Texte de Bulbul Sharma


«  Her son was waiting for her outside(1) when she finally emerged, but even though she saw him at once she gave no sign that she recognized him. The fifty-year-old extremely successful dentist, member of the Royal College of Dentists and a very old London club, did not dare raise his arm and wave to his mother. She walked towards him slowly and, after she reached him, stood staring at him as if he were a total stranger. The son lurched forward and made an awkward, half-bending movement to touch his mother's feet but at the same time surreptitiously tried to look as if he was tying his shoelaces. Mayadevi, who was on full alert, her eyes carefully scrutinizing her son for faults, pounced(2) like an eagle on the first wrong move. " Ashamed to touch your mother's feet now, are you? A mother who has not long to live but even then has travelled such a great distance, fasting for twelve hours, sitting with all kinds of half-castes so that she can see her son," she hissed. Amit, who was well-known in dentists' circles for his dry, sharp wit, was about to defend himself with a few crisp, well-chosen words, but before he could speak, something clicked inside him. As he looked into that old, lined face, an irrational fear jolted his memory and he said in a whining, childish voice, "No, Ma… I… so many people here," stammering helplessly. Now that she had established the old family, Mayadevi told her son to pick up her suitcase and take her to his home. Though the mother and son had not seen each other for more than thirty years, they drove to the semi-detached house in the beautiful, green, tree-lined suburbs in unbroken, stony silence. […] " Welcome to England, Mrs Banerjee. Hope you had a nice flight," Martha, Amit's wife, said cheerfully. Mayadevi looked up at her tall, large-boned daughter-in-law through the top of her spectacles for a few long, uncomfortable seconds and then said, "I wish to wash hands. Everything so dirty." Martha's plain, good-natured face showed a brief flicker of surprise, but she beamed at her mother-in-law and said, " Come and see your room and then we will have a nice cup of tea. Hope you like the new curtains we put up for you, Amit did not know what your favourite colour was, so I chose blue." She prattled on, her voice full of genuine affection for the old lady she had never met before. Amit crept up to shelter behind his wife's ample frame, as his mother examined the room, and cringed(3) each time Martha came too close to her. He knew what would happen if Martha touched her by mistake. "Are you feeling cold? Should we turn up the central heating?" asked Martha, suddenly feeling cold herself. Though Mayadevi was shivering in her cotton sari, she said, "Not cold, only wash hands, so much dirty." Martha quickly led her to the bathroom, gaily decorated with trailing plants and fluffy rugs. Mayadevi slammed the door shut on Martha's smiling face and began to wash her hands. First she washed the taps(4) thoroughly, and then she began rinsing the soap, though it was a brand new one. Then she finally washed her hands meticulously four times in a row. When she had finished she turned the tap off with her elbow, so as not to touch the tap again. She dried her hands by shaking them about in the air, looking scornfully as she did so at the pretty, flowered hand towels Martha had put out for her. Then she went out to search for her son. "How will I bathe in that jungle you call bathroom? Why has she put carpets in the bathroom? To hide the dirty floor?" she charged full force, happy to have found something to complain about so quickly. " Ma, she can hear you," said Amit, glancing nervously at the kitchen door, even though they were speaking in Bengali. "You must be tired, why don't you eat the rice I have made for you and go to sleep now," he suggested, desperately hoping she would agree. Surprisingly, she did. "If you are telling the truth that she did not make it," was the only half-hearted resistance she put up and followed him to the kitchen. "I cooked it, Ma, she did not even touch it. I am not lying to you," he said, and flushed when he saw Martha watching him even though he knew she could not understand what he had said. »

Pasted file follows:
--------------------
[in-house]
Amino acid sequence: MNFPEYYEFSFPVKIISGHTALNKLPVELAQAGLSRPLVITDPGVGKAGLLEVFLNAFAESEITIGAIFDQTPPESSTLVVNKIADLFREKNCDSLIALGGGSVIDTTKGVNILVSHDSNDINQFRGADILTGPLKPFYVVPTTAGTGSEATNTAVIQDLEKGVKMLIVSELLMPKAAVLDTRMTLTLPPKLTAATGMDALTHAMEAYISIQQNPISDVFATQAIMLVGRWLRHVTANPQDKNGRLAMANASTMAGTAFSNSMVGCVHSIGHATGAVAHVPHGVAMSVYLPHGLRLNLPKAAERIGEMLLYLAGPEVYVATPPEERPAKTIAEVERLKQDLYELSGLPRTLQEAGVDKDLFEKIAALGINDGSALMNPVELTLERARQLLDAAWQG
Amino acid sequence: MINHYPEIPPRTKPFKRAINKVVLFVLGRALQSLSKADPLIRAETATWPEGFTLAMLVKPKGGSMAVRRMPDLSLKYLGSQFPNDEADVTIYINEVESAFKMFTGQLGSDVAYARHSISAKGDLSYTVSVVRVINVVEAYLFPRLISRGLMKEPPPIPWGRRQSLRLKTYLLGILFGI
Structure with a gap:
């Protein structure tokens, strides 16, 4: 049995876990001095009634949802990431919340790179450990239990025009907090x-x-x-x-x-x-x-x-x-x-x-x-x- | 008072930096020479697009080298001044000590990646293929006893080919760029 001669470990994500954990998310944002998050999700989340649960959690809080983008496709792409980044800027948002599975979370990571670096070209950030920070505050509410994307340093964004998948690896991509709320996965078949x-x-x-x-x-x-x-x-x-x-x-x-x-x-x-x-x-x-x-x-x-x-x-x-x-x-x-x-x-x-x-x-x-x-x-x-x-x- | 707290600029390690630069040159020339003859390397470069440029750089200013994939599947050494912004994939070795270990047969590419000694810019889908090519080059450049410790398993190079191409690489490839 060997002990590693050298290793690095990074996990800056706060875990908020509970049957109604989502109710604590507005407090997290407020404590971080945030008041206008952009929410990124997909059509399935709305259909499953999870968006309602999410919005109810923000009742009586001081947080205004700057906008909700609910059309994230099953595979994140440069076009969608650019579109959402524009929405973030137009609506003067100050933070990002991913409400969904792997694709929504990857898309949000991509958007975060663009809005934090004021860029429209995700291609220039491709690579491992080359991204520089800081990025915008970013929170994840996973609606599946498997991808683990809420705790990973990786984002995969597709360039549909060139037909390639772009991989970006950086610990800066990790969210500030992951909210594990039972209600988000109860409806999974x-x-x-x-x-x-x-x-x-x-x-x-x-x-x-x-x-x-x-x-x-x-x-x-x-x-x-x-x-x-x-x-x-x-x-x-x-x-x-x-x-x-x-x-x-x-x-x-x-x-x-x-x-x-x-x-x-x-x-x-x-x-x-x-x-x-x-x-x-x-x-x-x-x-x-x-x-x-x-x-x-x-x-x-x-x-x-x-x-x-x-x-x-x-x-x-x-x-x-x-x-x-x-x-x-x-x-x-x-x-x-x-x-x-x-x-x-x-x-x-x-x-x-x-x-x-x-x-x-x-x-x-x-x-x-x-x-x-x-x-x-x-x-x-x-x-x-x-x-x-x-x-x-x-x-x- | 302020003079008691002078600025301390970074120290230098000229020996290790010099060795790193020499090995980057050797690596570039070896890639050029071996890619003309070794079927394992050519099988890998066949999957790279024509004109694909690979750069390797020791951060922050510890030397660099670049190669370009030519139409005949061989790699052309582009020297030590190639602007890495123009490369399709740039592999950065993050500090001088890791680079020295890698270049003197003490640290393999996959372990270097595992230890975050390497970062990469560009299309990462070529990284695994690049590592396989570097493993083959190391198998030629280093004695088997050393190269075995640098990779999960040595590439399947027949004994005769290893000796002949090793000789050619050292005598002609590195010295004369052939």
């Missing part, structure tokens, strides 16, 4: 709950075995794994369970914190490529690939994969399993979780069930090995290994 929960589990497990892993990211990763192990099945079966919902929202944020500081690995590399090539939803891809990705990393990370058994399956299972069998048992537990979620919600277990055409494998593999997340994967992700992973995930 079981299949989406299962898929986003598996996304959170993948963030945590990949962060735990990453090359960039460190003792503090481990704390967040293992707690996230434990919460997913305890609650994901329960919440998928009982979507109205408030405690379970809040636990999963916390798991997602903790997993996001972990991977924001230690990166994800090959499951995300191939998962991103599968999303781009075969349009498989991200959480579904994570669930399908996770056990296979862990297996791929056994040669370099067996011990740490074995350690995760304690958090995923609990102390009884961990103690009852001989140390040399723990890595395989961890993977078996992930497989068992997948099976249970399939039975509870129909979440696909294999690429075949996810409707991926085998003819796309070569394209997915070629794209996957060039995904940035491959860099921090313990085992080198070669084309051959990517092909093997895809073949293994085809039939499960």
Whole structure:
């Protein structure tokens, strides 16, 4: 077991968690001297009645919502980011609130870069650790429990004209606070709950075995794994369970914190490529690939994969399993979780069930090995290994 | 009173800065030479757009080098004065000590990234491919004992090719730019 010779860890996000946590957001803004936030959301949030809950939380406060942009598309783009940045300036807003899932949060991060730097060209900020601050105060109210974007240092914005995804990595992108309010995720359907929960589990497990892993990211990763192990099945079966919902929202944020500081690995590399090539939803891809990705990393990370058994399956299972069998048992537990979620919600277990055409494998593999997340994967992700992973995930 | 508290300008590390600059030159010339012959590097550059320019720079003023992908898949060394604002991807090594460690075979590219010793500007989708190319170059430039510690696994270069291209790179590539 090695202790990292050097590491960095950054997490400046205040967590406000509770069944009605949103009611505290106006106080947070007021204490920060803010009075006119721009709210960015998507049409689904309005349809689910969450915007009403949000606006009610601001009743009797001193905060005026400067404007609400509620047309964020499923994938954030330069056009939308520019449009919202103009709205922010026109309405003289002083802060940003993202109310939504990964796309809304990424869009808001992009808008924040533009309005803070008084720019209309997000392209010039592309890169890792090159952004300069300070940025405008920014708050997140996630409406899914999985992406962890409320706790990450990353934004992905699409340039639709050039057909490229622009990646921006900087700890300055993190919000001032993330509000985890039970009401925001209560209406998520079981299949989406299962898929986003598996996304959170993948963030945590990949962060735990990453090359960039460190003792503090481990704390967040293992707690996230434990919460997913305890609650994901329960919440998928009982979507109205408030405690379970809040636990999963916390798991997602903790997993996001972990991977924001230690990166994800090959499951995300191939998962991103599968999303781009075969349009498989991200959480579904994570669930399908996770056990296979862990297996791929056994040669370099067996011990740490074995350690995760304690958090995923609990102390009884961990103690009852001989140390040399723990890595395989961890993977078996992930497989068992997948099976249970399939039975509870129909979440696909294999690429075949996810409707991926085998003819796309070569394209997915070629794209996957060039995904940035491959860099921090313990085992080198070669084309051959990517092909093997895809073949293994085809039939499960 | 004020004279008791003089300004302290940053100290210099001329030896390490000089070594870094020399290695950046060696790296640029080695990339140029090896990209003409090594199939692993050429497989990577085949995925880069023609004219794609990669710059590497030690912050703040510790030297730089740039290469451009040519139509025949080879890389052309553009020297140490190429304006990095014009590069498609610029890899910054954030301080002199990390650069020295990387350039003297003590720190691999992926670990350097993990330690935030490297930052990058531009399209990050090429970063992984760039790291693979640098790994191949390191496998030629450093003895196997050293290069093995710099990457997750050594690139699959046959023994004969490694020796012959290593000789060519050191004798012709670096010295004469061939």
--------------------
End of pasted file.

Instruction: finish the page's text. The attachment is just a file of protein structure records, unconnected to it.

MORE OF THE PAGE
Abridged from Bulbul Sharma, Mayadevi's London Yatra, 2007

Compréhension de l'écrit
1. Mayadevi is the main character. Say what her full name is and give one quotation to prove that she is Indian.
2. Say how she is related to Amit and Martha.
a) In what country do the three characters meet?
b) Explain what Mayadevi is doing there.
4. What adjectives best apply to Mayadevi in the first part of the passage from "Her son was waiting […]" to "[…] stony silence" ? Justify in each case with a quotation from the text.
affectionate – authoritarian – distant – embarrassed – moved – overjoyed – reproachful
a) Draw Amit's portrait (age, occupation, family and social status).
b) Would you say that his attitude corresponds to this portrait? Explain in your own words and justify by quoting the text.
6. "They drove to the semi-detached house in the beautiful, green, tree-lined suburbs in unbroken, stony silence." . Account for the atmosphere in the car. (30 words)
7. From "Welcome to England […]" onwards, where is the scene set?
8. Given the social link between the two women, does Martha fulfil her role? Give four quotations to support your answer.